It was a real demonstration of community commitment.
In spite of the graphs, figures and statistics destined to justify School District #79’s underlying message about impending closures and cuts, the 100-plus concerned parents and citizens who attended the Dec. 8 Community Consultation meeting didn’t go away without getting their own message across.
“Keep our kids at the lake,” “we won’t let go of anything in order to keep programs, services or facilities,” and “charge for busing” were some of the replies to questions put out for discussion.
There was an agenda for the public meeting organized by School District 79 and held in the gymnasium of Lake Cowichan Secondary School, but before the Cowichan Valley School District 79 representatives could launch into their presentation, Lake Cowichan resident and businessman Ron Peters stood up and asked to speak on behalf of the community.
“I am very concerned about what’s happening in our community with the schools and with the doctors,” Peters began, “I would like to request that we present a list of questions before we move into the round table phase.”
Bob Harper, the district’s secretary-treasurer was running the meeting and was somewhat taken aback by Peters’ question. He made an attempt to put off hearing the questions until the end of the meeting, but seeing the persistence of Peters and the community, reluctantly but gracefully acquiesced.
Up went the five questions, each one written on a large sheet of paper and taped to the wall of the gymnasium. Harper read each question out over the microphone, and, amidst catcalls and comments from around the room, attempted to deal with them so that the meeting could be resumed.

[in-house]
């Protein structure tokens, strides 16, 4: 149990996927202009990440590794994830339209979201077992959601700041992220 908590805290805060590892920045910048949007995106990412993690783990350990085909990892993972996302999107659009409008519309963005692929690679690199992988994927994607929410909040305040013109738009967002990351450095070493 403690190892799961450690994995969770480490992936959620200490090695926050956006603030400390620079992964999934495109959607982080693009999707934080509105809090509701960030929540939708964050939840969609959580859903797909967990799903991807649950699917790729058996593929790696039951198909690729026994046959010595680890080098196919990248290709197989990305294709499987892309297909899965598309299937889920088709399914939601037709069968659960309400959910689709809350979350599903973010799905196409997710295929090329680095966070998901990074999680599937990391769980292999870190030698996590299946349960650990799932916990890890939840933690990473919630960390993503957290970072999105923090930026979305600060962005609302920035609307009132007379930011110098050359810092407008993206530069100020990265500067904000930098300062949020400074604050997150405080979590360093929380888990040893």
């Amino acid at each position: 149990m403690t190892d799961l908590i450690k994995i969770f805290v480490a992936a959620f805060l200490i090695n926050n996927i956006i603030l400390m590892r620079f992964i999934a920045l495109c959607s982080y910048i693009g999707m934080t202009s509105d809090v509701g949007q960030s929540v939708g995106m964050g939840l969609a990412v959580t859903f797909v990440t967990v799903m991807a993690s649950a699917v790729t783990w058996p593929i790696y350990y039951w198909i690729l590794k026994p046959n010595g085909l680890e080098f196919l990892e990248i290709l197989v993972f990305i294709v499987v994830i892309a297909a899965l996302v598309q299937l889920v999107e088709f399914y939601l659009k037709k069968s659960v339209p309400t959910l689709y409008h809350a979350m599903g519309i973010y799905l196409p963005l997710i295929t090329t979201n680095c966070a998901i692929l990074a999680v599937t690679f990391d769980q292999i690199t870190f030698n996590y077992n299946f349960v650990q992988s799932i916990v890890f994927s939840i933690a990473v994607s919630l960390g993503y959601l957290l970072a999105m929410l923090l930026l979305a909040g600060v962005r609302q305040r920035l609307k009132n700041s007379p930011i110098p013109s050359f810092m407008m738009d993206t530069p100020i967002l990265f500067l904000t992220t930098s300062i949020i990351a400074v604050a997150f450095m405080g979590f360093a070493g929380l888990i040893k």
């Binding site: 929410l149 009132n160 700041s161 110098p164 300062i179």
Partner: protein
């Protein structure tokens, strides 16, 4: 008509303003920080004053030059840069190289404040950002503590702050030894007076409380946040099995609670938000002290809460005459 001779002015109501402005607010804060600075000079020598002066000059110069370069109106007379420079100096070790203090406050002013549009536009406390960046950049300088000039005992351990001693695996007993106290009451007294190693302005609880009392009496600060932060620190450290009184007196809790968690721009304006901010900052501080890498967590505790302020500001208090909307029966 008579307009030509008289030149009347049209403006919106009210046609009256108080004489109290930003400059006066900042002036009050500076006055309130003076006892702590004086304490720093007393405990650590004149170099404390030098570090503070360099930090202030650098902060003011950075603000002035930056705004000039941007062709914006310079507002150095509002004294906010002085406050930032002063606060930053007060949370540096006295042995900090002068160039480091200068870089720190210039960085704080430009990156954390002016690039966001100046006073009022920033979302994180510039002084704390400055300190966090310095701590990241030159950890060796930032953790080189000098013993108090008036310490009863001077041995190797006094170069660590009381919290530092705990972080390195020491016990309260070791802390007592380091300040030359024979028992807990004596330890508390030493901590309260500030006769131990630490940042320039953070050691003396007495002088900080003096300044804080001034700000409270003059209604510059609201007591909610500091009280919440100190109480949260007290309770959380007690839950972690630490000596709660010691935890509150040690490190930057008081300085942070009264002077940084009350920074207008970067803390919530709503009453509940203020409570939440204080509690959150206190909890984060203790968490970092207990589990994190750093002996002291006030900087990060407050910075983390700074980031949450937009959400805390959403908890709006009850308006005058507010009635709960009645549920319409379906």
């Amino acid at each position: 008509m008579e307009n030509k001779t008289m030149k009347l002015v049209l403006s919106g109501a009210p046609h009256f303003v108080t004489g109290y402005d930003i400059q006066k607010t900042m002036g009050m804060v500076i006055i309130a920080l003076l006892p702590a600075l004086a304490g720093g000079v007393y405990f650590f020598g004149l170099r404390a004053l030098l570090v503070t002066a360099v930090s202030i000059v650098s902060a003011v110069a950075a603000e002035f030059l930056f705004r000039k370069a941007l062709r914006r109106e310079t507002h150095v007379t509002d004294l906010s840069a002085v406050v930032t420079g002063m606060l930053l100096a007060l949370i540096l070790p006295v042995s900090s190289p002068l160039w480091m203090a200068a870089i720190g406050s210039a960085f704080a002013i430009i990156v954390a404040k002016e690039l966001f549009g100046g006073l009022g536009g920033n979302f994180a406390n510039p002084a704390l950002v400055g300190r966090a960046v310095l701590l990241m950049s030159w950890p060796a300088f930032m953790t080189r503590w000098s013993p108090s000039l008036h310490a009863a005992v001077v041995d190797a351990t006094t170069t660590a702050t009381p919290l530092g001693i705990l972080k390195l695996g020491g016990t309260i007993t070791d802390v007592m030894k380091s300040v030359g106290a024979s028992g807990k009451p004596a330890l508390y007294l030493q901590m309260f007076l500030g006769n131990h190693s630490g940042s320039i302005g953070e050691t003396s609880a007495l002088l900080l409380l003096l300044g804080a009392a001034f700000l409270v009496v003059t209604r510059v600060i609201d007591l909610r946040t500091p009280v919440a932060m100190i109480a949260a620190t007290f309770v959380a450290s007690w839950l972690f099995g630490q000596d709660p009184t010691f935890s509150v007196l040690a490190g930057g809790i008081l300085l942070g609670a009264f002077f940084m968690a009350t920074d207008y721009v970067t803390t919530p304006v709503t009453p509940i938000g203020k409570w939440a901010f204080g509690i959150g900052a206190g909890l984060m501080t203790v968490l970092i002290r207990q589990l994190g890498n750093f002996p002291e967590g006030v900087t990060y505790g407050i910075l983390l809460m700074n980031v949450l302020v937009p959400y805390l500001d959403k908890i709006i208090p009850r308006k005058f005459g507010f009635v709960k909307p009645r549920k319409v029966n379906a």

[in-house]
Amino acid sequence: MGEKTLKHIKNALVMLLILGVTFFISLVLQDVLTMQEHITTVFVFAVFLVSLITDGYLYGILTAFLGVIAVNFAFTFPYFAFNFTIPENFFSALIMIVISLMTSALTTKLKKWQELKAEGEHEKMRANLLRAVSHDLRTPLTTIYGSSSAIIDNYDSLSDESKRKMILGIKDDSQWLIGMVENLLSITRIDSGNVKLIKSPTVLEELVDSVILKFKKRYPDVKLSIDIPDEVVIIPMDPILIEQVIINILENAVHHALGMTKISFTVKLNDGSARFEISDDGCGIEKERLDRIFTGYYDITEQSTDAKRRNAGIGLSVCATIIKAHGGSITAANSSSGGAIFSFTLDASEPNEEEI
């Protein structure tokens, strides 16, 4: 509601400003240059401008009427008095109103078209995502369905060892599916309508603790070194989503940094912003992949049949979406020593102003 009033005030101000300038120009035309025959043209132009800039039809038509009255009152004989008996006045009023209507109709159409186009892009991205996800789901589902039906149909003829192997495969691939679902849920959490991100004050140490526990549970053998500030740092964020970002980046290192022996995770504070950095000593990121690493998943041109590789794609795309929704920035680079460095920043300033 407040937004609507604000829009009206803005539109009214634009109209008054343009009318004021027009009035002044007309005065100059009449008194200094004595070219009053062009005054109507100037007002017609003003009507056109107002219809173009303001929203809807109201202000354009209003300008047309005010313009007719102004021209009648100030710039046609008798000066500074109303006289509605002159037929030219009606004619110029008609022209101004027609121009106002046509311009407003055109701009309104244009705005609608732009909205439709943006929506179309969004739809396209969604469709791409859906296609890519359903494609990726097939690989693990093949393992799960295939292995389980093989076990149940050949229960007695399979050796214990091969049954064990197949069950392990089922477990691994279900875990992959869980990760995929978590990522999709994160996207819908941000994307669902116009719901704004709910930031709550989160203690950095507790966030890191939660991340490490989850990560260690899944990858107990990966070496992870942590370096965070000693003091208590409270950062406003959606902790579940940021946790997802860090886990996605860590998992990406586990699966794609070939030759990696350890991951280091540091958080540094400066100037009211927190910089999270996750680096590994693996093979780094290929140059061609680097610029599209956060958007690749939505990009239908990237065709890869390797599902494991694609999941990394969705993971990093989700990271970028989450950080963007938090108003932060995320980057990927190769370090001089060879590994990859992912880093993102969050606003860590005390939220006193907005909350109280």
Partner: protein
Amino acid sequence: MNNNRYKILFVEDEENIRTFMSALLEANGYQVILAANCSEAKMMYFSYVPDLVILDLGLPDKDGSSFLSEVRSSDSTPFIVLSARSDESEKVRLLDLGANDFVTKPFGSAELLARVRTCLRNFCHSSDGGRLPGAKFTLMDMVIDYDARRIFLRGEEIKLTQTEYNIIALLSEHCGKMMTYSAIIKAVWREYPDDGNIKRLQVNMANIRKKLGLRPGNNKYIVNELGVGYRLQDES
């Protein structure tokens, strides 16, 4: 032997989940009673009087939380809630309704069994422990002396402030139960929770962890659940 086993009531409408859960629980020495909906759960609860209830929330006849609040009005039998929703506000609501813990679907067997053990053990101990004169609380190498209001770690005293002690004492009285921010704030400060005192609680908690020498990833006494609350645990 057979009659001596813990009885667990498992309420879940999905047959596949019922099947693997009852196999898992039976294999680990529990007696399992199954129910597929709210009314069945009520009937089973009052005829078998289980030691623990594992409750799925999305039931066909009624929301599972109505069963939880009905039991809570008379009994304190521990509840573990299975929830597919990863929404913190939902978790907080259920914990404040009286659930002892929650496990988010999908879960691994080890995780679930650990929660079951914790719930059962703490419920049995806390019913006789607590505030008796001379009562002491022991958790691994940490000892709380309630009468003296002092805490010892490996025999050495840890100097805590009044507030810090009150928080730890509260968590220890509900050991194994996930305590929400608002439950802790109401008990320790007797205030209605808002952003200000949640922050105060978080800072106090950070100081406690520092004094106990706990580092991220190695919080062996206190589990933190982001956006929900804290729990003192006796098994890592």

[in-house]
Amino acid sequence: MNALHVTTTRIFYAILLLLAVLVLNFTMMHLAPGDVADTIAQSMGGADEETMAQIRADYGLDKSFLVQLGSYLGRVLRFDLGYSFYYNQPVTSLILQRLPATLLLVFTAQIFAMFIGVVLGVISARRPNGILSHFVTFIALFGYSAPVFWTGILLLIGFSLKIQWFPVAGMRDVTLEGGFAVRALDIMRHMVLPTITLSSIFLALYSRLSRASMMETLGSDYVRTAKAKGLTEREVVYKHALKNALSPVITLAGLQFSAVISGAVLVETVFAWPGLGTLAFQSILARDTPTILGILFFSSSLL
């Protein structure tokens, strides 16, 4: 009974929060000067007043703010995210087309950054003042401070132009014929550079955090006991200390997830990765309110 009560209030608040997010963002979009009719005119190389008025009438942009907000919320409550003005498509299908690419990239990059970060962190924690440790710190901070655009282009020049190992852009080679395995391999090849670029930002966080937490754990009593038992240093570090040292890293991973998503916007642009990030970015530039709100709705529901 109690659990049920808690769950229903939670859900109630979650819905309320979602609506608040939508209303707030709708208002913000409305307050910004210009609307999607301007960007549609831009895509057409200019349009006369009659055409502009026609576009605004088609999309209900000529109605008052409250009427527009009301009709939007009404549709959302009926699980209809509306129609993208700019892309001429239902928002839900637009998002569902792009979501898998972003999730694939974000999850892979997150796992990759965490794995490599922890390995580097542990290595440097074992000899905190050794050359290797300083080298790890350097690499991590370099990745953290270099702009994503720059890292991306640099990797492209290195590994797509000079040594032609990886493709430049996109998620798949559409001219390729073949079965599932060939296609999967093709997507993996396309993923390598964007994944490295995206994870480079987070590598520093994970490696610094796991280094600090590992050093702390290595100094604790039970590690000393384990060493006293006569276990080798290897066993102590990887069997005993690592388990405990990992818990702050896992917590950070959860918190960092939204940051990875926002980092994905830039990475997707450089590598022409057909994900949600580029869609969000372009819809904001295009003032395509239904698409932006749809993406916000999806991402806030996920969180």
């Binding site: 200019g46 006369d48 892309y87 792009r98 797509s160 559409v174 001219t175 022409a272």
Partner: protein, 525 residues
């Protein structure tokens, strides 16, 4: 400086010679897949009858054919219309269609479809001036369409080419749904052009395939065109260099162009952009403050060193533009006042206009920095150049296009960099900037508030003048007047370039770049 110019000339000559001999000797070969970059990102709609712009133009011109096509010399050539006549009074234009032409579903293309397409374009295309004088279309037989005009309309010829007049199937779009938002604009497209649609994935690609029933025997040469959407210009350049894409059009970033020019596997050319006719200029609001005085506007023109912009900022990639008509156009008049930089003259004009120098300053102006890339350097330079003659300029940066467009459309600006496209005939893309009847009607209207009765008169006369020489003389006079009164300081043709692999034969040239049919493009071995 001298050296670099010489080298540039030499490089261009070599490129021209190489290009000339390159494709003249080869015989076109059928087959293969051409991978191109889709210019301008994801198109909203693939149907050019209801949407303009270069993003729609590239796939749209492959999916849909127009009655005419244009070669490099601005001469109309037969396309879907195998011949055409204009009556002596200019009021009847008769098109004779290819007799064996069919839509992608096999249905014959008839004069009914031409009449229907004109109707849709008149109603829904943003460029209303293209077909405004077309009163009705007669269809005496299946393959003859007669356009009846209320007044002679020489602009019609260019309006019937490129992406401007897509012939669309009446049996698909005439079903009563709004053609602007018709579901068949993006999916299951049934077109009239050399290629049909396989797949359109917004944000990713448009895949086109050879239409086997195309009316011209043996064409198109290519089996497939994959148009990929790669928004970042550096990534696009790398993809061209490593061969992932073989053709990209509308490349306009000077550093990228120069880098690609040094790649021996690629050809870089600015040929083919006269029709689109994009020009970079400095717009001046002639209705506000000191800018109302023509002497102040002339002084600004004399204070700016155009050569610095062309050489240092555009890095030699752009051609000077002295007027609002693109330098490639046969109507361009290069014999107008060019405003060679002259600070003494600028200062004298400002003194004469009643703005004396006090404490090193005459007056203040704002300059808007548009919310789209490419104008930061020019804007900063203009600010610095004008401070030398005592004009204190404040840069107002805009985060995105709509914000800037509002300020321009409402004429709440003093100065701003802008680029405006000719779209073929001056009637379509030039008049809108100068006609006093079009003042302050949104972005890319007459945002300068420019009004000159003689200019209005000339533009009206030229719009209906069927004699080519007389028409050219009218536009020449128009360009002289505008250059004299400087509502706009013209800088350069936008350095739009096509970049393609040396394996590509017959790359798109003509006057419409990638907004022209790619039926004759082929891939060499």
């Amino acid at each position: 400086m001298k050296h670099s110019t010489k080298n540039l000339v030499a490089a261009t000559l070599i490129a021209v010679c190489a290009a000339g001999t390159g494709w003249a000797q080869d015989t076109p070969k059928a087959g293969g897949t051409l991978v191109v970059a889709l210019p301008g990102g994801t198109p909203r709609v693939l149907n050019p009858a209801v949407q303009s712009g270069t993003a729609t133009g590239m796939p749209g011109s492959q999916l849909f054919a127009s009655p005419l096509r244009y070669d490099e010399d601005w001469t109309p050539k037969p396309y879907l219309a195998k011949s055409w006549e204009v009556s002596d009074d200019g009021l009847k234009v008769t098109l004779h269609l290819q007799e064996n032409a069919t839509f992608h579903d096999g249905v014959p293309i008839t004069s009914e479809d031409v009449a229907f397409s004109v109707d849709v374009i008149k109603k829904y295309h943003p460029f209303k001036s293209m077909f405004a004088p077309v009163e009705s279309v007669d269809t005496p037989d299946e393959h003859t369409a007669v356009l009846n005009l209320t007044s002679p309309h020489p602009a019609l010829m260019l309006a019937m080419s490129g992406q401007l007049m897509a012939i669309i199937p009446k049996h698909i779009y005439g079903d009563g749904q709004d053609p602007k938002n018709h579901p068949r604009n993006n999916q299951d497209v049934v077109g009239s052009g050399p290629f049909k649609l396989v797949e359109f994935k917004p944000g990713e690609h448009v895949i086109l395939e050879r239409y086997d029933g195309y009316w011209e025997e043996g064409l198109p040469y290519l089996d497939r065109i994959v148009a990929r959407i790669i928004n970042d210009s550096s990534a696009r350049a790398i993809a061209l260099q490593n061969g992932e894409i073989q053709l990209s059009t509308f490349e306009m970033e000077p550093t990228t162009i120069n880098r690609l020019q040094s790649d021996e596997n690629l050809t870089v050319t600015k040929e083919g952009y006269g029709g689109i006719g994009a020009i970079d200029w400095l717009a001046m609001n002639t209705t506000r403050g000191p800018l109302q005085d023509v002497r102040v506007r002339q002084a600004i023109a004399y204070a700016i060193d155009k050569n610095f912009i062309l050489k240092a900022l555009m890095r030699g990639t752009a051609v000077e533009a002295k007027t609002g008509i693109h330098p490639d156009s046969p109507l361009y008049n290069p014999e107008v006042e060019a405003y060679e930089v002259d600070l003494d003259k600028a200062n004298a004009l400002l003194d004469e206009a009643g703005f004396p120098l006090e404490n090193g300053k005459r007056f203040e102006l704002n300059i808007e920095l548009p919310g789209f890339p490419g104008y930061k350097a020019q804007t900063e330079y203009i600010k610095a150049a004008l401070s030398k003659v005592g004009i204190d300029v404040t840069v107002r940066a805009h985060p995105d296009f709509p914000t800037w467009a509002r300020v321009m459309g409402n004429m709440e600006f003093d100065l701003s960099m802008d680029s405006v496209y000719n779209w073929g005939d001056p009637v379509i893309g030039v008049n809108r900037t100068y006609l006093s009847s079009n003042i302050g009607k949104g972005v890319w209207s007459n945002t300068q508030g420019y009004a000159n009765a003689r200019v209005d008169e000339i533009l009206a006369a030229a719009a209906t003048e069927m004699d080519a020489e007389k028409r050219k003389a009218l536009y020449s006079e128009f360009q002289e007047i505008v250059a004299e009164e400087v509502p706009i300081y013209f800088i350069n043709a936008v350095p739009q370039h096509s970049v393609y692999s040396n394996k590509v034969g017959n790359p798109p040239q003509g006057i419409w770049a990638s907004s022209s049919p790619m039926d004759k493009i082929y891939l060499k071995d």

Here are the five questions the community wanted answers to, along with Harper’s response:
Question 1: How have school closures created educational opportunities and resources for our community?
A: We’ll certainly add that to our list.
Question 2: What are you doing to advocate for more public funding?
A: Districts around the province and BCTFA are continually advocating for additional funding.
Question 3: How much of our small community supplement is being spent on our Community Schools?
A: We’ll certainly add that to our list (of concerns to be looked into).
Question 4: When are we getting the Lake’s new elementary school?
A: That is not our position to (answer unclear).
Question 5: Why aren’t senior administrators carrying their share of the cuts?
A: We’ll certainly add that to our list.
Once he had addressed the commmunity’s questions and concerns, Harper was able to resume the agenda originally set for the meeting. He then used a power-point presentation with graphs, figures and statistics to give some background information on the evolution of education and demographics in British Columbia.
For example, one graph illustrated the growth in numbers of the over-65 age group in comparison to the decline of 4-19 year olds, or the school-aged population, over the past 40 years.
“If you go back to 1971, we had a little less than 10 per cent of our population under the age of 65,” Harper said. “At that same time, the school-aged individuals number up toward 30 per cent. The crossover between the proportion of that population is right about now.”
These figures represent school-aged children right across the province, Harper says, and in looking ahead and assuming the graph continues to evolve in the same way, there will be a complete reversal of the numbers that we have today.
“So that puts some tremendous implications on the allocation of resources by the province,” Harper continued.
Then he presented the public with another graph and the figures that pertain to the Cowichan Valley district.
“We started out in about 1997 at a peak with about 11,000 students in our system,” Harper stated. “Today, we are at 7,725. It looks like the decline is coming to an end and flattening out over the next decade or so.
“One of the key things to keep in mind,” he added, “is that our revenue is applied directly to the number of students that we have.”